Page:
Fraud in retail & e-commerce – who is in the bonus really?

Exploring the most common use cases for industries that suffer from bonus abuse, loyalty fraud, new account fraud and account takeover

There’s no doubt that loyalty schemes are a winning way to keep your customers loyal and grateful for your service and products. However, have you ever wondered who’s being lured into these e-commerce sales tricks even more so than your devoted customers? We suggest it’s fraudsters, and according to our latest research the schemes they employ to complete fraud are at the very least impressive. So how does a fraudster get to take advantage of an e-commerce/retail vendor’s offerings?

One way cybercriminals exploit loyalty programs is by acquiring as many bonus points as they can by creating multiple fake accounts. They then offer the additional discounts online, granting the buyer some bonus points, but on the condition that they make the purchase themselves (with the buyer’s money) and receive the additional benefits that come with the purchase (e.g. gift scratch cards). This way the criminals can turn their accumulated points into cashback.

A fraudster can accumulate enough bonus points using this scheme to cover the full cost of a product. This allows the criminal to make a purchase, either for himself or to resell afterwards.

What do the numbers show?

The Kaspersky Fraud Prevention team recently discovered over 3,000 fake accounts in the loyalty program of just one major retailer. The accounts were used to acquire welcome bonuses for newly registered users, and were then sold on the dark web at a reduced fee.

Statistics show that a physical bank robbery may result in average gains of around $5,000-$7,000, while selling 100-150 gift cards at $50 each brings the same rewards but a much reduced risk of being caught.

In the past year, almost 7% of digital service users were subject to various kinds of identity fraud, while account takeover losses tripled and reached more than $5 billion globally.

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Why is fighting fraud necessary?

At this point it is quite clear that monitoring user activity and detecting correlations between devices and customers is essential for preventing fraudulent activity and making sure bonus points and loyalty programs are safe. But just how important is it for fraud prevention to take action? Let’s analyze two examples:

In this instance the client is actually combating fraud, so the fraudsters delete all their cookies and use new devices for new sessions to ensure they are under the radar. View the illustration below to see what happens when they don’t remove cookies:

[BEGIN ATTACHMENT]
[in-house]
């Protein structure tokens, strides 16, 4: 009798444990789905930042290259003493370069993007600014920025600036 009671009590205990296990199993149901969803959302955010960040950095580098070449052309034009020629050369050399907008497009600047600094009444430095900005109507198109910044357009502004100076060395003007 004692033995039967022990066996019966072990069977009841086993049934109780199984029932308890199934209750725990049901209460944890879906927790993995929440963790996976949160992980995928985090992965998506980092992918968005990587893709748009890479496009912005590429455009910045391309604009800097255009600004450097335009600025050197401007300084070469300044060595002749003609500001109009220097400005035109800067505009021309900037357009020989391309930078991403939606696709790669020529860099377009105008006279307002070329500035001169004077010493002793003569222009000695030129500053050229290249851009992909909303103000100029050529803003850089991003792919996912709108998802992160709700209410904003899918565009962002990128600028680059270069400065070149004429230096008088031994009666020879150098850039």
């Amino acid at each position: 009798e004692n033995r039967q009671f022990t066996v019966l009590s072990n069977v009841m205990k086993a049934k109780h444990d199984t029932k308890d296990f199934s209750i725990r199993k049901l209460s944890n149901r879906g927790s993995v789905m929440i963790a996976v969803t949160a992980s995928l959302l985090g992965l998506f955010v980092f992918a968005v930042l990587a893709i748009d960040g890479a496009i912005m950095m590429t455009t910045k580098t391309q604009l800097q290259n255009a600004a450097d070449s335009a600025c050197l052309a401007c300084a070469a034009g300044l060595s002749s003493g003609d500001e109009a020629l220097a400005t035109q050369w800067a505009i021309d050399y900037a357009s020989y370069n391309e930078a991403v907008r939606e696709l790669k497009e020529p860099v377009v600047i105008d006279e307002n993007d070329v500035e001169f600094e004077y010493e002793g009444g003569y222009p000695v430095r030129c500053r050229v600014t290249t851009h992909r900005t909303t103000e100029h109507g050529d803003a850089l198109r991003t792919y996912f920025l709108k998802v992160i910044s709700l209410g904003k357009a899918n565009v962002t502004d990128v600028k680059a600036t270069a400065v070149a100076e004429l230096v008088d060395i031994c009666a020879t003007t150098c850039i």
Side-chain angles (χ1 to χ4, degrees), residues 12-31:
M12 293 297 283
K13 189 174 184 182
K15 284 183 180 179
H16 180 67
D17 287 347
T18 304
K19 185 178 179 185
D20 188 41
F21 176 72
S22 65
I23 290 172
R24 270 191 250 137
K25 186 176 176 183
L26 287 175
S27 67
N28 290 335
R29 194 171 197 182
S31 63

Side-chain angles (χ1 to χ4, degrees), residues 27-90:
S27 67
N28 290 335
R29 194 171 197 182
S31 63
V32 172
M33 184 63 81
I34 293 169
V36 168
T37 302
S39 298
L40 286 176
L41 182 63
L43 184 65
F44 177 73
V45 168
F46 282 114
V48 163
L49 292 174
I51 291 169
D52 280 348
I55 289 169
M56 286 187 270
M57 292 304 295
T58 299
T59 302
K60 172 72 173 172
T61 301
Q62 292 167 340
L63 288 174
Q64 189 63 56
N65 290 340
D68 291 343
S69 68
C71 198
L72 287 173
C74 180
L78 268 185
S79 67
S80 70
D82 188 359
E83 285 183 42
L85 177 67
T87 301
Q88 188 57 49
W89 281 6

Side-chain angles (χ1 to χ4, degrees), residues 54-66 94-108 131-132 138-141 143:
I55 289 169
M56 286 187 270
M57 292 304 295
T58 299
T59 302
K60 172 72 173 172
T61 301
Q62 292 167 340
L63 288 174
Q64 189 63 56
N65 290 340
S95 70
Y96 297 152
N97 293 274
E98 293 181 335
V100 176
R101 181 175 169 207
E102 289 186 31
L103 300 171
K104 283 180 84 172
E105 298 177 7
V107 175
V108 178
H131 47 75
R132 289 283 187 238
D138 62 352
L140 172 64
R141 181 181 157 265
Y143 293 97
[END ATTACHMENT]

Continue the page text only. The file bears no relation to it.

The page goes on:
Now let’s look at how global reputation operates when it comes to detecting fraudsters’ circles on an example of a major e-commerce vendor:

The fraud network above was formed in 2018 and was subject to massive expansion that culminated in thousands of synthetic accounts:

Moving to the digital world means elevating cybersecurity for e-commerce and retail enterprises. It is essential to provide security for consumers during the entire session, including registration, login and transactions, but not just limited to this.

Creation of synthetic accounts to obtain promotional codes for a loyalty program

At the end of 2017, a group of almost 3,000 synthetic accounts was discovered among the accounts of a loyalty program. They were used to receive ‘welcome’ bonuses for registering new accounts, with a view to reselling them on related internet sites. A distinctive feature of this group was the use of a single email box to manage the entire group. This was made possible due to a feature of the Gmail service that does not take into account the dot symbol in an alias, allowing all accounts in the incident to become modified versions of the main primary address with the addition of a dot. After Kaspersky Fraud Prevention was connected to another major marketplace bonus program it was found that the same scammer had begun creating synthetic accounts to receive welcome bonuses for this service as well, using the same devices and the same trick with the email addresses on Gmail. The attacker managed to create a total of 542 synthetic accounts in the bonus program.

Below is an illustration of the compromised account links for two different loyalty programs via the fraudster’s devices:

Timing is a major factor for retailers when interacting with their customers via digital channels. It is no surprise that buyers expect the service to be instant: fast payment for a fast order that will be delivered fast. This leaves the merchant no room for error. Fraud rates are soaring and it is impossible for any fraud specialist to keep up with all the threats.

Criminals are exploiting these vulnerabilities: they are aware that no human analyst is capable of tracking ever emerging attacks at the pace required to keep customers satisfied and secure.

Making sure that an organization does not suffer financial and reputational consequences requires strong yet seamless authentication and analysis of both identities and session data. Striking a balance between protecting customers from  new account fraud and account takeover and ensuring the user experience is seamless and smooth remains a difficult task.

Data gathered by Kaspersky Fraud Prevention presents the big picture when it comes to a correlation between suspicious user activity and actual fraud taking place within the network of a retail or e-commerce provider. Taking into account the possible negative outcomes and damage that they might bring, the decision to protect your business with the help of a proven cybersecurity provider should be seriously considered.

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